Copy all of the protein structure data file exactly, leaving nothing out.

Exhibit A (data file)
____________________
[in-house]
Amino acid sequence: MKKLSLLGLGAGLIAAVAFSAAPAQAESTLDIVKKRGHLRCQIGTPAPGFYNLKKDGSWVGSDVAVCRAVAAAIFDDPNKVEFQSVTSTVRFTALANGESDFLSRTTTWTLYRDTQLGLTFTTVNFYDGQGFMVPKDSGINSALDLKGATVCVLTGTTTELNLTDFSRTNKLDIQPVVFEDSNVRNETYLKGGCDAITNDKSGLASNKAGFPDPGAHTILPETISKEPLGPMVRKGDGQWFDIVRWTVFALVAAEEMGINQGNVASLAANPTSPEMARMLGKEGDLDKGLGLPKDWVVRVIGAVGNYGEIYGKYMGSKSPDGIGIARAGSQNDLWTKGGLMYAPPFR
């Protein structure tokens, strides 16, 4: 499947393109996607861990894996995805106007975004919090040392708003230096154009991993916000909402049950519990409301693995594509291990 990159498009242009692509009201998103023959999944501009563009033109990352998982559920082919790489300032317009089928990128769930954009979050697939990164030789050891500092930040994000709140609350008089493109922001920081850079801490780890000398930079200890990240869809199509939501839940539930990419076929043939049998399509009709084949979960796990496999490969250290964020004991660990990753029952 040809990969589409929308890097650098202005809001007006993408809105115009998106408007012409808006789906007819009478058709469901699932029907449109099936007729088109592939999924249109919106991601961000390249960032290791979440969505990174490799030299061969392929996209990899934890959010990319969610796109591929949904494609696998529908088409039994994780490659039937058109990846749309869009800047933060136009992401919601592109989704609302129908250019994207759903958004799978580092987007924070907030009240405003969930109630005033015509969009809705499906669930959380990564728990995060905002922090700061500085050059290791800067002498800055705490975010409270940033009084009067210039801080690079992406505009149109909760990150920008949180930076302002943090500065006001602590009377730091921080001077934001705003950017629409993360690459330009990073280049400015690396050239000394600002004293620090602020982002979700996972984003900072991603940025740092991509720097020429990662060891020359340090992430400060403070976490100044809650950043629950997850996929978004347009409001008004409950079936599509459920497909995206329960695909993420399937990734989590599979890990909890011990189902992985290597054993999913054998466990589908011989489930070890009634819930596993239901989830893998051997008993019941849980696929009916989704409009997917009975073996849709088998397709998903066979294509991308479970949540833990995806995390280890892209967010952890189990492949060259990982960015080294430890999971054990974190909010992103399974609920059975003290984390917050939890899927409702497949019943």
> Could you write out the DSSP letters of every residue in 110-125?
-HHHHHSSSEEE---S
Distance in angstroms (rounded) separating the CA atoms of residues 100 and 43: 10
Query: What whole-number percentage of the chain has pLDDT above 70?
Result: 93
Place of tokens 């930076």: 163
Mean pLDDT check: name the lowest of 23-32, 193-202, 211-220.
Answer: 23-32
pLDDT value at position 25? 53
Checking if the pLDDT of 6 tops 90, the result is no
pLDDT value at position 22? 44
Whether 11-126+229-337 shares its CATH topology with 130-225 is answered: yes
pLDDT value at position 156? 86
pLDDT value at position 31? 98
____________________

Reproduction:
[in-house]
Amino acid sequence: MKKLSLLGLGAGLIAAVAFSAAPAQAESTLDIVKKRGHLRCQIGTPAPGFYNLKKDGSWVGSDVAVCRAVAAAIFDDPNKVEFQSVTSTVRFTALANGESDFLSRTTTWTLYRDTQLGLTFTTVNFYDGQGFMVPKDSGINSALDLKGATVCVLTGTTTELNLTDFSRTNKLDIQPVVFEDSNVRNETYLKGGCDAITNDKSGLASNKAGFPDPGAHTILPETISKEPLGPMVRKGDGQWFDIVRWTVFALVAAEEMGINQGNVASLAANPTSPEMARMLGKEGDLDKGLGLPKDWVVRVIGAVGNYGEIYGKYMGSKSPDGIGIARAGSQNDLWTKGGLMYAPPFR
């Protein structure tokens, strides 16, 4: 499947393109996607861990894996995805106007975004919090040392708003230096154009991993916000909402049950519990409301693995594509291990 990159498009242009692509009201998103023959999944501009563009033109990352998982559920082919790489300032317009089928990128769930954009979050697939990164030789050891500092930040994000709140609350008089493109922001920081850079801490780890000398930079200890990240869809199509939501839940539930990419076929043939049998399509009709084949979960796990496999490969250290964020004991660990990753029952 040809990969589409929308890097650098202005809001007006993408809105115009998106408007012409808006789906007819009478058709469901699932029907449109099936007729088109592939999924249109919106991601961000390249960032290791979440969505990174490799030299061969392929996209990899934890959010990319969610796109591929949904494609696998529908088409039994994780490659039937058109990846749309869009800047933060136009992401919601592109989704609302129908250019994207759903958004799978580092987007924070907030009240405003969930109630005033015509969009809705499906669930959380990564728990995060905002922090700061500085050059290791800067002498800055705490975010409270940033009084009067210039801080690079992406505009149109909760990150920008949180930076302002943090500065006001602590009377730091921080001077934001705003950017629409993360690459330009990073280049400015690396050239000394600002004293620090602020982002979700996972984003900072991603940025740092991509720097020429990662060891020359340090992430400060403070976490100044809650950043629950997850996929978004347009409001008004409950079936599509459920497909995206329960695909993420399937990734989590599979890990909890011990189902992985290597054993999913054998466990589908011989489930070890009634819930596993239901989830893998051997008993019941849980696929009916989704409009997917009975073996849709088998397709998903066979294509991308479970949540833990995806995390280890892209967010952890189990492949060259990982960015080294430890999971054990974190909010992103399974609920059975003290984390917050939890899927409702497949019943």
> Could you write out the DSSP letters of every residue in 110-125?
-HHHHHSSSEEE---S
Distance in angstroms (rounded) separating the CA atoms of residues 100 and 43: 10
Query: What whole-number percentage of the chain has pLDDT above 70?
Result: 93
Place of tokens 């930076």: 163
Mean pLDDT check: name the lowest of 23-32, 193-202, 211-220.
Answer: 23-32
pLDDT value at position 25? 53
Checking if the pLDDT of 6 tops 90, the result is no
pLDDT value at position 22? 44
Whether 11-126+229-337 shares its CATH topology with 130-225 is answered: yes
pLDDT value at position 156? 86
pLDDT value at position 31? 98